In conclusion then, a culture's ideology about gender and its assignment of authority, responsibility, and privilege to men or women determines the way in which babies and children learn about gender. Cultures that remain unequivocally patriarchal foster sharp gender divisions, whereas more egalitarian cultures offer greater role flexibility for both males and females. Those who support genuine equality of opportunity should not however be complacent about what has been achieved in more "advanced" secular cultures. Even in early twenty-first century North America and Europe, where feminism has brought about meaningful changes for the better in women's legal status, it is still the case that most child care and early childhood socialization remains the responsibility of women, be they mothers, caregivers, or teachers. On the other hand, most powerful leaders in government or the work world are men. Some people believe that only when parents nurture equally will we achieve gender equality. Only then will assertiveness in girls and gentleness in boys be valued in our culture, and only then will men and women share power and authority equally in public and in personal life.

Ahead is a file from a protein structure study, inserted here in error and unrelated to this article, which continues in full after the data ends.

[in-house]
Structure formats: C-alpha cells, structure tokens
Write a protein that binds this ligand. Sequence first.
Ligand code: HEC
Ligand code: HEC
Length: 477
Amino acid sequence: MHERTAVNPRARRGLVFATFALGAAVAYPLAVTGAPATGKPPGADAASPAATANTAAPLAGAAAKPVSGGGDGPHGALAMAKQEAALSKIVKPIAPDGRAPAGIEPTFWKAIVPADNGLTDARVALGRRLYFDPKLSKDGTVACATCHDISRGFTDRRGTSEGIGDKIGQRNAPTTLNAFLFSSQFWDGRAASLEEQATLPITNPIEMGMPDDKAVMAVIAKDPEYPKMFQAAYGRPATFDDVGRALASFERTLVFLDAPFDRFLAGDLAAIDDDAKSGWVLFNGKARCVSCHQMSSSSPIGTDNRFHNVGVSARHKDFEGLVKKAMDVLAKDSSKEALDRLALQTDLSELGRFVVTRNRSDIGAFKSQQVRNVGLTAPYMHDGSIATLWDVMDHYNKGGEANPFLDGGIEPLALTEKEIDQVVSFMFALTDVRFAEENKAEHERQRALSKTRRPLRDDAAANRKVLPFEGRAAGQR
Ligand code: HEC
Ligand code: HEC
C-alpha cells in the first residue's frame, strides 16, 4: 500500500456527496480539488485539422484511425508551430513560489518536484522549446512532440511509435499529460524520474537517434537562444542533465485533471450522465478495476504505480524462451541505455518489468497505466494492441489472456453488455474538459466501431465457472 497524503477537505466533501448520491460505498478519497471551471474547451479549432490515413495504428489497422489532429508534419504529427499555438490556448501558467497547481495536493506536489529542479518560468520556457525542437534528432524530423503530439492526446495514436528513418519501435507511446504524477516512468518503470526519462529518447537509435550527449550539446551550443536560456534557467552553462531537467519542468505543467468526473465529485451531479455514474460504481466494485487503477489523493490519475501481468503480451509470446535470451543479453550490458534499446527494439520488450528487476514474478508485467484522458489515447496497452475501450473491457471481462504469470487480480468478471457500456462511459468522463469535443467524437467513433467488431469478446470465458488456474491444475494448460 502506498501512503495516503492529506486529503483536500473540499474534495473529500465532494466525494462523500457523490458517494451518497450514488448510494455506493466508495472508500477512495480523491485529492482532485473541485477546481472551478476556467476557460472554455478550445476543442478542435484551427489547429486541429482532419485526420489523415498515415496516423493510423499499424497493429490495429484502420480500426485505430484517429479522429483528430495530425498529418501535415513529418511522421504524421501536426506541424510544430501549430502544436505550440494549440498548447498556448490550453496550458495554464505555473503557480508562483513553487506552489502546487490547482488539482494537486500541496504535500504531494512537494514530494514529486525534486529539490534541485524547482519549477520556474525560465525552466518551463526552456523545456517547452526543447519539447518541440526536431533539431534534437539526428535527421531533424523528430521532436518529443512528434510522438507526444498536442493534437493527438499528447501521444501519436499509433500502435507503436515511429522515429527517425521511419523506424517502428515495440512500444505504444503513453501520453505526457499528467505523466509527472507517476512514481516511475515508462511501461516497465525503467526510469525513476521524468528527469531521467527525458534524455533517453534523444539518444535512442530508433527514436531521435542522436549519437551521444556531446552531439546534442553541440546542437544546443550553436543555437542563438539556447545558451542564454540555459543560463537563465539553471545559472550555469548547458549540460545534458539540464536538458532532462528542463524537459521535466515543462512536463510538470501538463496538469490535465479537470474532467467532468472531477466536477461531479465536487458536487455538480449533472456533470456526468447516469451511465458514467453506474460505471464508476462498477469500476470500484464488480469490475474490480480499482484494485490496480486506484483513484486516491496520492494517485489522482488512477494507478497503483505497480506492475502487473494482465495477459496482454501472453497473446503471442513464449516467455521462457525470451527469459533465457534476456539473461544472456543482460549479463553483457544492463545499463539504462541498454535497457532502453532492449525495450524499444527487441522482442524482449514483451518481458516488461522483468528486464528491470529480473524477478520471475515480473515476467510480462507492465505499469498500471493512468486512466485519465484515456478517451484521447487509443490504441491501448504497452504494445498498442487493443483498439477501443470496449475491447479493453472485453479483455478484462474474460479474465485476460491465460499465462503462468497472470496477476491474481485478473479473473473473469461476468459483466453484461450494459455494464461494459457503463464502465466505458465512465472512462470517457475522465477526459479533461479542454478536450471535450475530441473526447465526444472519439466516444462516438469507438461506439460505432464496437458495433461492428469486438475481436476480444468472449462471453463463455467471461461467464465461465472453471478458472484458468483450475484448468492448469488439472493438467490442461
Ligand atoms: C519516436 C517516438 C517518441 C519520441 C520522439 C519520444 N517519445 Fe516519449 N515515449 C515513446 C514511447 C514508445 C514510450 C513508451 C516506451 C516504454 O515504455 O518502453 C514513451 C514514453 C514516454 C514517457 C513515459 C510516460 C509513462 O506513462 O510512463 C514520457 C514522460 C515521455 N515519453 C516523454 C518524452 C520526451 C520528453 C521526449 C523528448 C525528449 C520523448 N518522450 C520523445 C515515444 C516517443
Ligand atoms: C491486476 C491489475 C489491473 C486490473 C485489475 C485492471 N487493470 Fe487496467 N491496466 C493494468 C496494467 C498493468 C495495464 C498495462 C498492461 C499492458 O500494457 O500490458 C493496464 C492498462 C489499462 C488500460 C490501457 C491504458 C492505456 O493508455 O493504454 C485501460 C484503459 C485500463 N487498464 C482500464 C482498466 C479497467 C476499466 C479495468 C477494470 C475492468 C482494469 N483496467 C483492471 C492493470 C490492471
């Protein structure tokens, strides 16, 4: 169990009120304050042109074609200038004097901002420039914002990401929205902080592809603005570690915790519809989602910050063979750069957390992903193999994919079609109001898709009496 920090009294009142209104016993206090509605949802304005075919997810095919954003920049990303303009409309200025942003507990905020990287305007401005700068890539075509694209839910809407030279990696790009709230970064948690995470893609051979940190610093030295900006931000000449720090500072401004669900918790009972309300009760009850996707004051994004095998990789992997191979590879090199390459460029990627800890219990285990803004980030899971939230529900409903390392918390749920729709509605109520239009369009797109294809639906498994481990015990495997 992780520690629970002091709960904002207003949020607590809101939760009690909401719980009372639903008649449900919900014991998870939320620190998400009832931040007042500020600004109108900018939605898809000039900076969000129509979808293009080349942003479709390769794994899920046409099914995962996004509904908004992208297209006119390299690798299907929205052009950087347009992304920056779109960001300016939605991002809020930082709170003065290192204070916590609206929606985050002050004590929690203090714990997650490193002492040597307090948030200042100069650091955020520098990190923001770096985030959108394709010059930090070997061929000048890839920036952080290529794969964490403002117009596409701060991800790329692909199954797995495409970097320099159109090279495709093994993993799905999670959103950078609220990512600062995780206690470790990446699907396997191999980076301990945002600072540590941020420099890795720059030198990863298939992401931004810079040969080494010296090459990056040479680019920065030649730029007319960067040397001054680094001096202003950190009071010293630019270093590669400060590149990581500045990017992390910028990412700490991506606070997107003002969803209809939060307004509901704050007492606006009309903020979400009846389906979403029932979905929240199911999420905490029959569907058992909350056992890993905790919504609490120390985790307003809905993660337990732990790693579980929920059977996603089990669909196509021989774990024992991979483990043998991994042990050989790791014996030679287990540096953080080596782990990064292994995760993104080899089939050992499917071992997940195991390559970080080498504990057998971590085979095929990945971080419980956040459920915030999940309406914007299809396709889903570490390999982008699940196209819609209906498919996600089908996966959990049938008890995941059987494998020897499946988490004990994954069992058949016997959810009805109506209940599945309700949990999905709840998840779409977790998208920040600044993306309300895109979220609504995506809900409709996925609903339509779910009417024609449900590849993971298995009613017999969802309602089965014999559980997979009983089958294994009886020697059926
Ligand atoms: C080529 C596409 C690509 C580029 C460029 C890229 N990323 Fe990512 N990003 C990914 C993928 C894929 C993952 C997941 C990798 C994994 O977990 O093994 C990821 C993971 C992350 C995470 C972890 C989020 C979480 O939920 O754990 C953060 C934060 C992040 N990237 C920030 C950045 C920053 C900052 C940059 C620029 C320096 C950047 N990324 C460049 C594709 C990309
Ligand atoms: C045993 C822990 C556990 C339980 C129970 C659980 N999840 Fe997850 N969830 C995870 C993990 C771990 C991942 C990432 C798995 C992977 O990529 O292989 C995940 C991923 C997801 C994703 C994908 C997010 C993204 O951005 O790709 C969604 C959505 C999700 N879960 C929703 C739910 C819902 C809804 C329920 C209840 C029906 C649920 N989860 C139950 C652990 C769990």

In addition to offering comparative work on the definitions of gender, and on changes in these concepts, historians have undertaken research on categories of children who are less clearly gendered or are deliberately cross-gendered. Sometimes these arrangements are designed to provide certain kinds of workers in an otherwise gendered labor system. Finally, historians work on changes in the importance of gendering in childhood socialization. While twentieth-century emphasis on gender remains stronger than many adults realize, it seems less sweeping than was true in the nineteenth century. Less emphasis is placed on separate educational tracks or on separate emotional arsenals. Shifts in the level of significance of gendering is a vital, and not simply contemporary, facet of the history of childhood.

See also: Boyhood; Breeching; Girlhood.